Building a Chuckanu -for reals this
August 28/29, 2015
A few years ago, we built one of Dave Gentry's Chuckanuts, a Skin
on Frame kayak. I really liked that design and I really, really
liked the boat. The only thing was, I thought the cockpit could
be more open to make it easier for two-people, so I designed the
While a person *could* line out the frames of one of these boats,
it is easier to just print out the cut plan on a large scale printer
(I used a local Fed Ex store - used to be a Kinkos) and trace it
over carbon paper. The cut plan covers an area 32x48 (you can get
3 boats out of a single sheet of plywood.
NOTE: Use Marine Plywood - not construction ply. I used
construction ply once (once) and it deformed under the pressure
of the stringers.
Spread the cut plan over the carbon paper, hold it in place, and
trace. It takes about 30 minutes to an hour. Remember to press fairly
hard and to number your frames - it becomes important during construction.
Cut - use a blade that gives smooth cuts in wood and allows you
to make tight turns. The cut plan strives for economy of layout,
not ease of cut. This takes about an hour.
Roundover the edges that will not be touching skin or floorboards
- I used a 1/4" roundover bit for this. Also, you'll notice
I did not cut out the bottom of the notches yet, just the sides.
I'll show you a trick in a second.
Use a 3/4" chisel to cut out the bottom of the notches - it's
quick and easy and gives you a reason to sharpen your chisel.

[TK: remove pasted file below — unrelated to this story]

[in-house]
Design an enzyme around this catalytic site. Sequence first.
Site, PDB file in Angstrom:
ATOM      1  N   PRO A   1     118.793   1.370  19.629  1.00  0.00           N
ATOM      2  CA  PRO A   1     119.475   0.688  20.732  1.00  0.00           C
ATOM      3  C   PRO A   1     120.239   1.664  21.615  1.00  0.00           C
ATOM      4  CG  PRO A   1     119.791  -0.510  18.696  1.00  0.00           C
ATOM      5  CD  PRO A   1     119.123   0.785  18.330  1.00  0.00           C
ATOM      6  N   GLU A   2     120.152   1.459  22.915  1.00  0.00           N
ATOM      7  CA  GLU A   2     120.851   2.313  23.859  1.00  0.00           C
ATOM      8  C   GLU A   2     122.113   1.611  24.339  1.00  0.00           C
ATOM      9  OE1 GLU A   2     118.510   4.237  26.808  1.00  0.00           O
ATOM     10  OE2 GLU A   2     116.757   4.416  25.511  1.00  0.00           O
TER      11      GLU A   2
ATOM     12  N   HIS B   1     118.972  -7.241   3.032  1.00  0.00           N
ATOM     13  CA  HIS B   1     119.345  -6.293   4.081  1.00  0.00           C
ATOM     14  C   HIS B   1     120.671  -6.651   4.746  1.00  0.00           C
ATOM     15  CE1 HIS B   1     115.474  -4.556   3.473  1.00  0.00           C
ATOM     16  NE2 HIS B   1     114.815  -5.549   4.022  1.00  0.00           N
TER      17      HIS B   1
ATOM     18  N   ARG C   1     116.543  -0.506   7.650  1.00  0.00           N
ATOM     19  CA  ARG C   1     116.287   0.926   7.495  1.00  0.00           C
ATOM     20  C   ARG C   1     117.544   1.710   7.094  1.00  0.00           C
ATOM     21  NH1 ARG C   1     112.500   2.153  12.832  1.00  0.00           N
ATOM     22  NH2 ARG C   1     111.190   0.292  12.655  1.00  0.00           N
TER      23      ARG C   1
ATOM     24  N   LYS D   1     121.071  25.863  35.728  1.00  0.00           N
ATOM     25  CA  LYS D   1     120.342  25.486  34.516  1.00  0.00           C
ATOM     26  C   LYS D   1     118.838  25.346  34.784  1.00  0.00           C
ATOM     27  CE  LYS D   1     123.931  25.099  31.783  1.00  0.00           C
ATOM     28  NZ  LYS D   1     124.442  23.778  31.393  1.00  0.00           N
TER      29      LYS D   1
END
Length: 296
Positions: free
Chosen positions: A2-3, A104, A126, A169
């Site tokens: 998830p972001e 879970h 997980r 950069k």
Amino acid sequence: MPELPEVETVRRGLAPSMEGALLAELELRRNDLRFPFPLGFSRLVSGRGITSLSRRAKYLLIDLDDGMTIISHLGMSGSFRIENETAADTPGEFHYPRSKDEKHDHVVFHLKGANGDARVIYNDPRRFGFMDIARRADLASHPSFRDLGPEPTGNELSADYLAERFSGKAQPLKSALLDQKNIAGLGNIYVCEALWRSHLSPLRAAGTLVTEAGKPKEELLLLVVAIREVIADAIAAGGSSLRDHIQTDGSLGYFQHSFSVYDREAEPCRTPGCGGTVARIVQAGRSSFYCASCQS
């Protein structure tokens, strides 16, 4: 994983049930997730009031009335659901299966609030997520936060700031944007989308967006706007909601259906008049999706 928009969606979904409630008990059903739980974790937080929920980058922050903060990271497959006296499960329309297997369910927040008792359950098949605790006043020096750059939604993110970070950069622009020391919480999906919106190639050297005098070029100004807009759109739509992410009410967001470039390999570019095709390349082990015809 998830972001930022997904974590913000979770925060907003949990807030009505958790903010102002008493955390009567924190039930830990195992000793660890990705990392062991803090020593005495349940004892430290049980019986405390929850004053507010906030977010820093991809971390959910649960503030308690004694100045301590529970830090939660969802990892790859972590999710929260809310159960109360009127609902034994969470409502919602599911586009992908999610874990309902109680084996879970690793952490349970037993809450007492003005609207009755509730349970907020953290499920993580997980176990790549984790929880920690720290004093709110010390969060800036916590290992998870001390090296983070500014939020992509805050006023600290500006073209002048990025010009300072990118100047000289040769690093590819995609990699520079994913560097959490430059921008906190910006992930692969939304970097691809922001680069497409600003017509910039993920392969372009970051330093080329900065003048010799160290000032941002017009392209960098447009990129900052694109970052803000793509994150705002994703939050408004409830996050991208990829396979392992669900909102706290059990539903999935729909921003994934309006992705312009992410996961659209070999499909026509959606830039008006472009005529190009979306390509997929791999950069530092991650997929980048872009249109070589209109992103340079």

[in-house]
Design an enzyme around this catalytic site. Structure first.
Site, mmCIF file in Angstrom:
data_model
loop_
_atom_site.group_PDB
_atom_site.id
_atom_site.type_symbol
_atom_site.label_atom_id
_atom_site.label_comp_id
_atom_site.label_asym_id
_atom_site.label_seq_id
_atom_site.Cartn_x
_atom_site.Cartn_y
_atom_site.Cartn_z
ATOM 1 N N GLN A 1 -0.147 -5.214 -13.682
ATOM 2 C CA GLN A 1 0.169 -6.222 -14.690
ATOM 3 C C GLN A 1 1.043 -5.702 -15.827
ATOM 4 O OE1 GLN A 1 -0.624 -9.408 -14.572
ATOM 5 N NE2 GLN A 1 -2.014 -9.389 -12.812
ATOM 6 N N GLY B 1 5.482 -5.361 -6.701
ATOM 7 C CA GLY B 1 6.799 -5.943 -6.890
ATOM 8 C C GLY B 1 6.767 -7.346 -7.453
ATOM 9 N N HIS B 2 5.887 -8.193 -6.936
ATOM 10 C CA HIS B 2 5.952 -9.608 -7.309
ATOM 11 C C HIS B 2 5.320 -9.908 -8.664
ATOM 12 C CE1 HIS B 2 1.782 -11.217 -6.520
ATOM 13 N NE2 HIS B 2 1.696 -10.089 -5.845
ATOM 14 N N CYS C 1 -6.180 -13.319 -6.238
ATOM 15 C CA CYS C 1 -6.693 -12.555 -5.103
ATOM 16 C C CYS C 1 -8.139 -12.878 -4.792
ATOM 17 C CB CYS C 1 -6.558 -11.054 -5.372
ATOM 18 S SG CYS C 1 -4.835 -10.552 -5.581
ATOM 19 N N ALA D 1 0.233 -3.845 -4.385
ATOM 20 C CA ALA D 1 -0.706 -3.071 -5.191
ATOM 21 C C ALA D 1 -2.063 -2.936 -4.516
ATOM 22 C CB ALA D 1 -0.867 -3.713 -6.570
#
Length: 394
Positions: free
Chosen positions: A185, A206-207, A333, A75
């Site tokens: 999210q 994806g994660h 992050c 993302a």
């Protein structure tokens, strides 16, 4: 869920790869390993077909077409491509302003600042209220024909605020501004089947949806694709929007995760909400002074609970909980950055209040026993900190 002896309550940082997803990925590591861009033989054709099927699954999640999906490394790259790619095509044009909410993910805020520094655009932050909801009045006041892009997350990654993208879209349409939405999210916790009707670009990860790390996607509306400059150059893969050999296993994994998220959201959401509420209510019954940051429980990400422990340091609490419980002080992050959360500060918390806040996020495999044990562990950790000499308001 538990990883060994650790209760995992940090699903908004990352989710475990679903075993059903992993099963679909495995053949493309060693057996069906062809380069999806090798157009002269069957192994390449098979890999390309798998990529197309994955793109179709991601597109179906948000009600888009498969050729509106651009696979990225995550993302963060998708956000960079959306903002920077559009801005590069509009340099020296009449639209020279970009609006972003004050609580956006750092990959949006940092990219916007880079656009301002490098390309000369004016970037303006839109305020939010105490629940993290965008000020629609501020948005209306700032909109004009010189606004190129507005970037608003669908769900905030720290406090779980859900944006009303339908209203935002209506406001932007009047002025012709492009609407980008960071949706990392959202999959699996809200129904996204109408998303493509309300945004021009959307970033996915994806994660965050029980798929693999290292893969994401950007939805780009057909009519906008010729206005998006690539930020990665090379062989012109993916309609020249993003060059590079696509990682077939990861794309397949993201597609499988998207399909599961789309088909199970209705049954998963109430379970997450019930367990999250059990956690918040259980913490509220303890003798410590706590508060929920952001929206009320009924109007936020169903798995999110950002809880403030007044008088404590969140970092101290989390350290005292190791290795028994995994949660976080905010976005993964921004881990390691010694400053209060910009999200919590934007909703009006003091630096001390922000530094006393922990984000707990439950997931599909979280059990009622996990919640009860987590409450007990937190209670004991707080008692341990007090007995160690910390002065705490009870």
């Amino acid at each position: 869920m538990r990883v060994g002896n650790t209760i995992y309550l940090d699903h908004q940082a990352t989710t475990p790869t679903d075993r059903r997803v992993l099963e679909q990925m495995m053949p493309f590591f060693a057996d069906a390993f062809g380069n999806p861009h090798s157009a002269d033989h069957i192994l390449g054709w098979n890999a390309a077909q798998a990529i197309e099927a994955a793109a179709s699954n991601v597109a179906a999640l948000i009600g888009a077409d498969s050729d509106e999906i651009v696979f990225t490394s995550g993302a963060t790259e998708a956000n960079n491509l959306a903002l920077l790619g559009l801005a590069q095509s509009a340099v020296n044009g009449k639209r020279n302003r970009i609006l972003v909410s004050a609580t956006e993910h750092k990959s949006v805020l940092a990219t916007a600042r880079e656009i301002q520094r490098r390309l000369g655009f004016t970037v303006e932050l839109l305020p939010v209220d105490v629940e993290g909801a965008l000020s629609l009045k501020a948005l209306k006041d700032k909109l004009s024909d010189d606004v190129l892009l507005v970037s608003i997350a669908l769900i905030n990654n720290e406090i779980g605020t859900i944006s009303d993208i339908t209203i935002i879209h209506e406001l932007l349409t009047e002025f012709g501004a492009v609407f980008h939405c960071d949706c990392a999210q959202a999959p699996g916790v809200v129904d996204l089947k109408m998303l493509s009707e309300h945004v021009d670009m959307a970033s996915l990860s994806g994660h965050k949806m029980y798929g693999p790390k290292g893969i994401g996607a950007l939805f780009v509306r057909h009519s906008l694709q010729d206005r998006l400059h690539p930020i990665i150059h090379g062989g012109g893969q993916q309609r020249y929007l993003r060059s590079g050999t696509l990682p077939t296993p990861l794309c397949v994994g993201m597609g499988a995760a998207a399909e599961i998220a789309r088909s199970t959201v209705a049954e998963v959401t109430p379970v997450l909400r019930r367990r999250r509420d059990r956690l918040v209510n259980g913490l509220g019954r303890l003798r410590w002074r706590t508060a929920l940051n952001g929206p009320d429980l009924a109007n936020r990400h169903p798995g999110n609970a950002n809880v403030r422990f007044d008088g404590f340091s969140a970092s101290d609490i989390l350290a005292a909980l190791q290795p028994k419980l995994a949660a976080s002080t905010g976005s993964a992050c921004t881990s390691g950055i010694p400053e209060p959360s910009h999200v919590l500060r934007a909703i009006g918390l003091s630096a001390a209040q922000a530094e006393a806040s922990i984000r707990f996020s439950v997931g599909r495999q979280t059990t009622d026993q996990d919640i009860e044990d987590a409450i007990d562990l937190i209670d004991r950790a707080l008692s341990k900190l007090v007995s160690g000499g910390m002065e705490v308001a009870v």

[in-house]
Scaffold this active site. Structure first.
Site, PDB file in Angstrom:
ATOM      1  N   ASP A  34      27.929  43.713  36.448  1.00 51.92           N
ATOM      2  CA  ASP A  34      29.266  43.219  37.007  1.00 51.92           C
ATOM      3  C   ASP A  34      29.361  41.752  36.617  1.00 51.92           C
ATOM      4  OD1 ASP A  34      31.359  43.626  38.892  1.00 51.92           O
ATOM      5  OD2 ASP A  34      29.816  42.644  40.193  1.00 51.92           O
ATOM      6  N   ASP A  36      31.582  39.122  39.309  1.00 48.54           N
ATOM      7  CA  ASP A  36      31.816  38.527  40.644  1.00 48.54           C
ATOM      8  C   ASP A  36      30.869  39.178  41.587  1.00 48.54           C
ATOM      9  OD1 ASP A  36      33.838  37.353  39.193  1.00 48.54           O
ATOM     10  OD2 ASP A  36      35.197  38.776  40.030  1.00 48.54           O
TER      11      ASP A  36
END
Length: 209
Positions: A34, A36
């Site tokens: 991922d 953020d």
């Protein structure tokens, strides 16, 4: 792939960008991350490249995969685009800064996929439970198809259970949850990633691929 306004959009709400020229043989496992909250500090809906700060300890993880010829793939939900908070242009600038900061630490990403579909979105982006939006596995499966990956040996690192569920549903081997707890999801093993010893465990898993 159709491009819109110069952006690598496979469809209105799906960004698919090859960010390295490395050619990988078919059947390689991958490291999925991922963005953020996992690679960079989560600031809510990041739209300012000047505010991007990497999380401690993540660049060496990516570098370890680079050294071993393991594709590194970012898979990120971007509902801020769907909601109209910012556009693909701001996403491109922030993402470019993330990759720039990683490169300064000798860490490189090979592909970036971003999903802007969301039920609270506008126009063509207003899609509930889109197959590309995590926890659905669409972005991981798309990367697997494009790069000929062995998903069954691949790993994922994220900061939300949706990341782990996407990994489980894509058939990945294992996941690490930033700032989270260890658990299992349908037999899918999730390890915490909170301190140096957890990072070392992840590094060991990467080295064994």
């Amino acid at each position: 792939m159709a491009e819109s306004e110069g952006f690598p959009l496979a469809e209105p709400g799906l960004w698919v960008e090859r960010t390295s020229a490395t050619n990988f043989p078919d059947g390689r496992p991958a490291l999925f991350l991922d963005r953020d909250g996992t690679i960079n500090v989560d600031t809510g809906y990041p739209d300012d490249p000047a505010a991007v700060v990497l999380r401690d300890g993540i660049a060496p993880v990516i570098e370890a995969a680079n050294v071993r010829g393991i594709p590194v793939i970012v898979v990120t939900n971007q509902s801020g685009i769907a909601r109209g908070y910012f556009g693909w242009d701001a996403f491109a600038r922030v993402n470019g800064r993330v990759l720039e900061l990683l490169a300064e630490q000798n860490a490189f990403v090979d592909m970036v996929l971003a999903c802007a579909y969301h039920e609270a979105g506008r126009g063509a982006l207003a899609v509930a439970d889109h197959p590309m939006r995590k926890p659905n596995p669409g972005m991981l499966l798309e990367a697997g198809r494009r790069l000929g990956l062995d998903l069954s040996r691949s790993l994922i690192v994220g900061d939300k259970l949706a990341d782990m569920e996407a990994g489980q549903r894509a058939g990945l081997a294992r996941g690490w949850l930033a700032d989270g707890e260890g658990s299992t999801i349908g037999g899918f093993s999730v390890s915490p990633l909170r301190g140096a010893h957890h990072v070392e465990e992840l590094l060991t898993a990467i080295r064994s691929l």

And finally, sand. You probably don't need to sand, but smooth
wood is nice wood.
Then it was off to the Boathouse where I was greeted by our new
resident cormorant. I hope he stays around.
For me, getting the sticks for stringers and wales is the hard
part of Skin on Frame (SoF) building. These were leftovers from
a previous build: 6 1x1s for the stringers and 4 1x2s for the Wales
The stringers are actually 5/8+ (or 3/4-) on a side, ripped from
a 2x6. The 1x2s I planed down to just 1/2" thick.
The strongback was used for a Glouchester Light Dory and I had
it stored up in the rafters. I got it down (no mean trick) and covered
it with some scrap ply to make a flat surface. . Then I snapped
a line down the center for reference.
Start with the ends - the boat is 15' long, so I mocked up how
the stems would fit and cut the keel to the correct length. 3 screws
to hold the stems on seems about right.
I brace the frames in place with L brackets - they are cheap, reusable,
and do a good job of both holding the frame in place and also keeping
the keel in place.
I level the frames as I screw them to the brackets.
Frames in place.
Time for the Wales Geoff and I set 'em in place and held 'em there
with ball bungies.
Then we went through and one at a time, alternating side to side,
first applied glue,
Drilled a pilot hole with countersink
And secured the wale to the frame with a 1 1/2" stainless
This wale will have the skin attached to it and then be capped
with another wale (to hide the seam and provide protection.) I ran
the screws down low so they won't get in the way of the other staples/screws.
Attaching the Wales to the stems is always fun. Geoff was particularly
good at it, so I let him do both ends.
That's about it for this week - I forgot to order the sinew for
lashing the stringers in place, so we'll do that next week. See